Use of the specimen holder 10 is generally apparent from the above description and from FIG. 5 which shows the manner in which the holder is filled with a blood sample, and FIG. 1 which shows relationship of the specimen holder and the rest of a coagulation testing system 12. FIG. 4 illustrates the light path through the tube 40 and blood specimen 16 contained therein, light being shown against the tube upper surface 58 by the light source and being picked up by the light sensor 20 after passing through the tube 40 and blood specimen 16. FIG. 4 shows that the blood specimen 16 is concentrated with a triangular cross-section determined by the tube sides 44 and 48 in the trough region 54. It is apparent that because of the relatively steep sides of the trough region 54, movement of the blood specimen 16 is limited to longitudinal movement in the trough region and washing or splashing of the blood specimen around sides of the tube 40 is minimized.

Although there has been described above a specific arrangement of a blood specimen holder for coagulation testing, in accordance with the invention for purposes of illustrating the manner in which the invention may be used to advantage, it will be appreciated that the invention is not limited thereto and has application in other types of blood and biological fluid testing. Accordingly, any and all modifications, variations or equivalent arrangements which may occur to those skilled in the art should be considered to be within the scope of the invention as defined in the appended claims.

Patent Citations
Cited PatentFiling datePublication dateApplicantTitle
US3607098 *Oct 17, 1968Sep 21, 1971Carl Sloth StrandeContainers for laboratory use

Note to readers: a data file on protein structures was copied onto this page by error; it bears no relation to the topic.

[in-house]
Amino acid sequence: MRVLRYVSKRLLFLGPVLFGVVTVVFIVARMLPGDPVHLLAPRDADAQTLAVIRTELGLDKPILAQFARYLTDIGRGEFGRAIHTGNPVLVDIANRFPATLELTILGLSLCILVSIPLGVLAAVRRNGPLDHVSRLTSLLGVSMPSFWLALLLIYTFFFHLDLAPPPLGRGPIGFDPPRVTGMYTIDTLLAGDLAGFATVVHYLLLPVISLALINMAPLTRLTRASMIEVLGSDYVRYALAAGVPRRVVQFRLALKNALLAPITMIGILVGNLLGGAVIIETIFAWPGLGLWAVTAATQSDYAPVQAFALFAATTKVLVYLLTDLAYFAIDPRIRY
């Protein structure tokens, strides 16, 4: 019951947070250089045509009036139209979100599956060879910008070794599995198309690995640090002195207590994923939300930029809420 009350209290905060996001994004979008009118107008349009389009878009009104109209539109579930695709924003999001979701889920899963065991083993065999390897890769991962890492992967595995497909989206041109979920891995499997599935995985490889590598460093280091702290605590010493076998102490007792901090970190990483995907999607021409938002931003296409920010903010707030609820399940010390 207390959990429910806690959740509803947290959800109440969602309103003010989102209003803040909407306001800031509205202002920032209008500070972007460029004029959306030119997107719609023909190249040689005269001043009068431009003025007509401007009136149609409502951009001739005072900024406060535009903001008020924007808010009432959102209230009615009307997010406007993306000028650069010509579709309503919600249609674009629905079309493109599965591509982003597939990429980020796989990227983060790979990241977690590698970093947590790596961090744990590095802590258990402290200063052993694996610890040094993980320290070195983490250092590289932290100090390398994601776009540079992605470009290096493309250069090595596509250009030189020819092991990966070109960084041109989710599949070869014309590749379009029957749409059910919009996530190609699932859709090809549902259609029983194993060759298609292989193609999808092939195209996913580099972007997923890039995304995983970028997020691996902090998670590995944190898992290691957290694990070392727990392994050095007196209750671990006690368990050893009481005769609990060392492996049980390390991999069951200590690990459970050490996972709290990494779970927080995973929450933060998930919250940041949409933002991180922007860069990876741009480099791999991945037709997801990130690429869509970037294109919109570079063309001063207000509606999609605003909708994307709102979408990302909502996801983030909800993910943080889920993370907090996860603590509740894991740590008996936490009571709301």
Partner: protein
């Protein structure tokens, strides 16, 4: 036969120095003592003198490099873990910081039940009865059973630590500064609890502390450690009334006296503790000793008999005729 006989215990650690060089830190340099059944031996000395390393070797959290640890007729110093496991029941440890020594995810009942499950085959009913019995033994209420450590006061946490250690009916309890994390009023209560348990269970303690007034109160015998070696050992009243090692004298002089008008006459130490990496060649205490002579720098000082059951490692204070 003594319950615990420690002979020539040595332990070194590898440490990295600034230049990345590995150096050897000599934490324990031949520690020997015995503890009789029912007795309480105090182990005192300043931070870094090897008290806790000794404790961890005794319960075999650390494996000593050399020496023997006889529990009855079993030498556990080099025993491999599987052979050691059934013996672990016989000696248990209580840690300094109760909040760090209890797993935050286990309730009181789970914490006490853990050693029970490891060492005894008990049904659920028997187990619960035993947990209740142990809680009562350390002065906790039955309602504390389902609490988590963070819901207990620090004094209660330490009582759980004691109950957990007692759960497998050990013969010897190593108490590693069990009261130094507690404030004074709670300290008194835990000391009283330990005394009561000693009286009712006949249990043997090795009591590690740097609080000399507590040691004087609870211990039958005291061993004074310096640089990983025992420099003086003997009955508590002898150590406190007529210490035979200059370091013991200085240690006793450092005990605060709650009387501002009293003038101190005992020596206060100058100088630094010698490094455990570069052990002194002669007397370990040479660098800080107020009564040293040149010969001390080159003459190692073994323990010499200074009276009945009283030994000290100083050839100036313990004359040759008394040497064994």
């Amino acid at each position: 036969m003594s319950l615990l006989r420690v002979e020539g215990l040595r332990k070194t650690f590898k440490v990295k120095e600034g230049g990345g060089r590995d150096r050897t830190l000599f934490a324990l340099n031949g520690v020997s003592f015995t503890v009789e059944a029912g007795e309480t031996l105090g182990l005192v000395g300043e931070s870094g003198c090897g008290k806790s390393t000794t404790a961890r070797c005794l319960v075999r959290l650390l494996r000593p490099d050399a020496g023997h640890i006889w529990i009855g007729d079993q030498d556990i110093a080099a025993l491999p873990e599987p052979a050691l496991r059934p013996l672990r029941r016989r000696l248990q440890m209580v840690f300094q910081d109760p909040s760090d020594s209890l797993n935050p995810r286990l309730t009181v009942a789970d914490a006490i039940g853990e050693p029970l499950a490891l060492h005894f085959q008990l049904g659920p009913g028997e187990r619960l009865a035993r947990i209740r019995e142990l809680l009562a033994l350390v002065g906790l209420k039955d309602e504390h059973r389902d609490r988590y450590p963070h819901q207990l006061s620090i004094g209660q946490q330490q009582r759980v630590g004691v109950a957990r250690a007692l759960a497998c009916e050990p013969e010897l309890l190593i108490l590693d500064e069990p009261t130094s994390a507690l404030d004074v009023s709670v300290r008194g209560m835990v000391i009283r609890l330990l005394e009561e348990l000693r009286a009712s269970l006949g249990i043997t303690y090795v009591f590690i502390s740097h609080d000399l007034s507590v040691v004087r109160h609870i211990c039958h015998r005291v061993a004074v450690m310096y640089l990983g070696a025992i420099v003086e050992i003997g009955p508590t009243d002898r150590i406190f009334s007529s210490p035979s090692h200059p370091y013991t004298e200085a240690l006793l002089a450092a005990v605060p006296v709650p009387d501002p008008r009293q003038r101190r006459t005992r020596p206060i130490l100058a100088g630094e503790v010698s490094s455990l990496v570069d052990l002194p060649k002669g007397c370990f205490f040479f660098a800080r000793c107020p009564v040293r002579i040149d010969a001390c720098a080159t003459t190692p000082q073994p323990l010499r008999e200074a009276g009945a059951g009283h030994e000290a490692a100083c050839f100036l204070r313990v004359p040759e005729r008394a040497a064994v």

US3684453 *Mar 23, 1970Aug 15, 1972Dassault ElectroniqueSpecimen tube device
US3702806 *Sep 3, 1970Nov 14, 1972William Emil OlivaDisposable culture media container
Non-Patent Citations
Reference
1 *Corning, Corning Glass Works, N.Y., 1971, pp. 203, 27.
Referenced by
Citing PatentFiling datePublication dateApplicantTitle
US4373931 *Oct 3, 1980Feb 15, 1983Olympus Optical Company LimitedMethod of measuring agglutinating reaction and a reaction vessel therefor
US4392497 *Dec 2, 1980Jul 12, 1983Ghaussy Rahmat UErythrocyte sedimentation rate apparatus and method
US4411163 *Jul 27, 1981Oct 25, 1983American Hospital Supply CorporationVentable sample collection device
US4599315 *Sep 13, 1983Jul 8, 1986University Of California RegentsMicrodroplet test apparatus
US4652429 *Jan 10, 1985Mar 24, 1987C. A. Greiner & Sohne Gesellschaft M.B.H.Biological sampling tube
US4679439 *Sep 17, 1985Jul 14, 1987Dorr-Oliver IncorporatedMethod and apparatus for measuring the unsteady sedimentation potential of colloidal particles
US4774056 *May 12, 1986Sep 27, 1988Diesse Diagnostica Senese S.R.L.Apparatus for testing sedimentation rates of liquids
US4784650 *Mar 23, 1987Nov 15, 1988Coburn Timothy JNeedle holder
US4799599 *Jul 30, 1982Jan 24, 1989Ciba Corning Diagnostics Corp.Specimen cup and cap assembly for clinical analyzer
US4808381 *Aug 1, 1983Feb 28, 1989E. I. Du Pont De Nemours And CompanyFluid transfer device
US4906566 *Apr 15, 1988Mar 6, 1990Cullimore D RoyMethod and apparatus for producing analytic culture
US4932418 *Nov 7, 1988Jun 12, 1990Coburn Timothy JNeedle holder
US4974460 *Sep 26, 1988Dec 4, 1990Baxter James APrecision locating and supporting device
US5116578 *Oct 15, 1987May 26, 1992Baxter James AAutomatic sampling
US5310527 *Dec 14, 1992May 10, 1994E. I. Du Pont De Nemours And CompanyTube for use in a pelleting centrifuge rotor
US5358691 *Sep 24, 1993Oct 25, 1994Abbott LaboratoriesAutomated continuous and random access analytical system